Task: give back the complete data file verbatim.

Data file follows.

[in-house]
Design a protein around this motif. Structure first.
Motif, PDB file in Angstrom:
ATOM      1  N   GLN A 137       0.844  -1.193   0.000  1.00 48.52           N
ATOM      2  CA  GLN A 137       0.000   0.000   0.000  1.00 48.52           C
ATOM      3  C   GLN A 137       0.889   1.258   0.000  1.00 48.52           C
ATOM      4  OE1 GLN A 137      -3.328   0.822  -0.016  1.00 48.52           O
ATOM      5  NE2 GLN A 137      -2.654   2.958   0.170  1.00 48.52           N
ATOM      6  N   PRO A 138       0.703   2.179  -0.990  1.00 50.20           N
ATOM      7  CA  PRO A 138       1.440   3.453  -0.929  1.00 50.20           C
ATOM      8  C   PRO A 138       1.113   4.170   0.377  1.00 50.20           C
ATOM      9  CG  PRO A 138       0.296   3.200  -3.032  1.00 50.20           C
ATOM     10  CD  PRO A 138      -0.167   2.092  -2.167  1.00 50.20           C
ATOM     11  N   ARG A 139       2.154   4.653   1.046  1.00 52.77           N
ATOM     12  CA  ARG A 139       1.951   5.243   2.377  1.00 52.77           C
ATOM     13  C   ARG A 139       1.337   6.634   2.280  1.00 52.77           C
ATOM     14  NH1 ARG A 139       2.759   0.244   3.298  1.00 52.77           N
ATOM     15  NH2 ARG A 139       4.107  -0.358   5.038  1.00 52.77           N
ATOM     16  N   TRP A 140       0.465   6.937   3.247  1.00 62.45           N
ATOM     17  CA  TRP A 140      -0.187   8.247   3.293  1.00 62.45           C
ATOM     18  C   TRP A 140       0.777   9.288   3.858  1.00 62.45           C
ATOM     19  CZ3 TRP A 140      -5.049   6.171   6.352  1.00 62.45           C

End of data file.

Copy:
[in-house]
Design a protein around this motif. Structure first.
Motif, PDB file in Angstrom:
ATOM      1  N   GLN A 137       0.844  -1.193   0.000  1.00 48.52           N
ATOM      2  CA  GLN A 137       0.000   0.000   0.000  1.00 48.52           C
ATOM      3  C   GLN A 137       0.889   1.258   0.000  1.00 48.52           C
ATOM      4  OE1 GLN A 137      -3.328   0.822  -0.016  1.00 48.52           O
ATOM      5  NE2 GLN A 137      -2.654   2.958   0.170  1.00 48.52           N
ATOM      6  N   PRO A 138       0.703   2.179  -0.990  1.00 50.20           N
ATOM      7  CA  PRO A 138       1.440   3.453  -0.929  1.00 50.20           C
ATOM      8  C   PRO A 138       1.113   4.170   0.377  1.00 50.20           C
ATOM      9  CG  PRO A 138       0.296   3.200  -3.032  1.00 50.20           C
ATOM     10  CD  PRO A 138      -0.167   2.092  -2.167  1.00 50.20           C
ATOM     11  N   ARG A 139       2.154   4.653   1.046  1.00 52.77           N
ATOM     12  CA  ARG A 139       1.951   5.243   2.377  1.00 52.77           C
ATOM     13  C   ARG A 139       1.337   6.634   2.280  1.00 52.77           C
ATOM     14  NH1 ARG A 139       2.759   0.244   3.298  1.00 52.77           N
ATOM     15  NH2 ARG A 139       4.107  -0.358   5.038  1.00 52.77           N
ATOM     16  N   TRP A 140       0.465   6.937   3.247  1.00 62.45           N
ATOM     17  CA  TRP A 140      -0.187   8.247   3.293  1.00 62.45           C
ATOM     18  C   TRP A 140       0.777   9.288   3.858  1.00 62.45           C
ATOM     19  CZ3 TRP A 140      -5.049   6.171   6.352  1.00 62.45           C